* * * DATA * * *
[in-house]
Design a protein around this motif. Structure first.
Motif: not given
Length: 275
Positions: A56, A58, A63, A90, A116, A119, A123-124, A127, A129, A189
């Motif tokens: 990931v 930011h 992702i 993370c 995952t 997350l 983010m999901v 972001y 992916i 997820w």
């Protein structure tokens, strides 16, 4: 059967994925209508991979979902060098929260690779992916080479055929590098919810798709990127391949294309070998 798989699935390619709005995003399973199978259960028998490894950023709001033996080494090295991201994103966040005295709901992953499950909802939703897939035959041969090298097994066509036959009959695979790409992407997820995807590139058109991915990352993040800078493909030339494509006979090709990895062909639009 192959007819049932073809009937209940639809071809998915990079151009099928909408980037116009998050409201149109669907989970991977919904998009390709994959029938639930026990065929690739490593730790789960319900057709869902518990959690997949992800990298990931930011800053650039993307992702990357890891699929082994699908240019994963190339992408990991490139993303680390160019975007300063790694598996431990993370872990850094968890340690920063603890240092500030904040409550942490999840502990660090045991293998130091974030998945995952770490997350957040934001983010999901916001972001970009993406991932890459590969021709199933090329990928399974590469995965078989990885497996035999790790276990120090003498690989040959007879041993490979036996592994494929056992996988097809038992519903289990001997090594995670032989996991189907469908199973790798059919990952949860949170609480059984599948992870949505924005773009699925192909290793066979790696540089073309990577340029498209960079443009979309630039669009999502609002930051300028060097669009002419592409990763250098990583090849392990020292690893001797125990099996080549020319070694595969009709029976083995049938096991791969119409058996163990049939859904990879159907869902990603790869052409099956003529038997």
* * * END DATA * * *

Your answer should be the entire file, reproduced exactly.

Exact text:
[in-house]
Design a protein around this motif. Structure first.
Motif: not given
Length: 275
Positions: A56, A58, A63, A90, A116, A119, A123-124, A127, A129, A189
């Motif tokens: 990931v 930011h 992702i 993370c 995952t 997350l 983010m999901v 972001y 992916i 997820w």
């Protein structure tokens, strides 16, 4: 059967994925209508991979979902060098929260690779992916080479055929590098919810798709990127391949294309070998 798989699935390619709005995003399973199978259960028998490894950023709001033996080494090295991201994103966040005295709901992953499950909802939703897939035959041969090298097994066509036959009959695979790409992407997820995807590139058109991915990352993040800078493909030339494509006979090709990895062909639009 192959007819049932073809009937209940639809071809998915990079151009099928909408980037116009998050409201149109669907989970991977919904998009390709994959029938639930026990065929690739490593730790789960319900057709869902518990959690997949992800990298990931930011800053650039993307992702990357890891699929082994699908240019994963190339992408990991490139993303680390160019975007300063790694598996431990993370872990850094968890340690920063603890240092500030904040409550942490999840502990660090045991293998130091974030998945995952770490997350957040934001983010999901916001972001970009993406991932890459590969021709199933090329990928399974590469995965078989990885497996035999790790276990120090003498690989040959007879041993490979036996592994494929056992996988097809038992519903289990001997090594995670032989996991189907469908199973790798059919990952949860949170609480059984599948992870949505924005773009699925192909290793066979790696540089073309990577340029498209960079443009979309630039669009999502609002930051300028060097669009002419592409990763250098990583090849392990020292690893001797125990099996080549020319070694595969009709029976083995049938096991791969119409058996163990049939859904990879159907869902990603790869052409099956003529038997």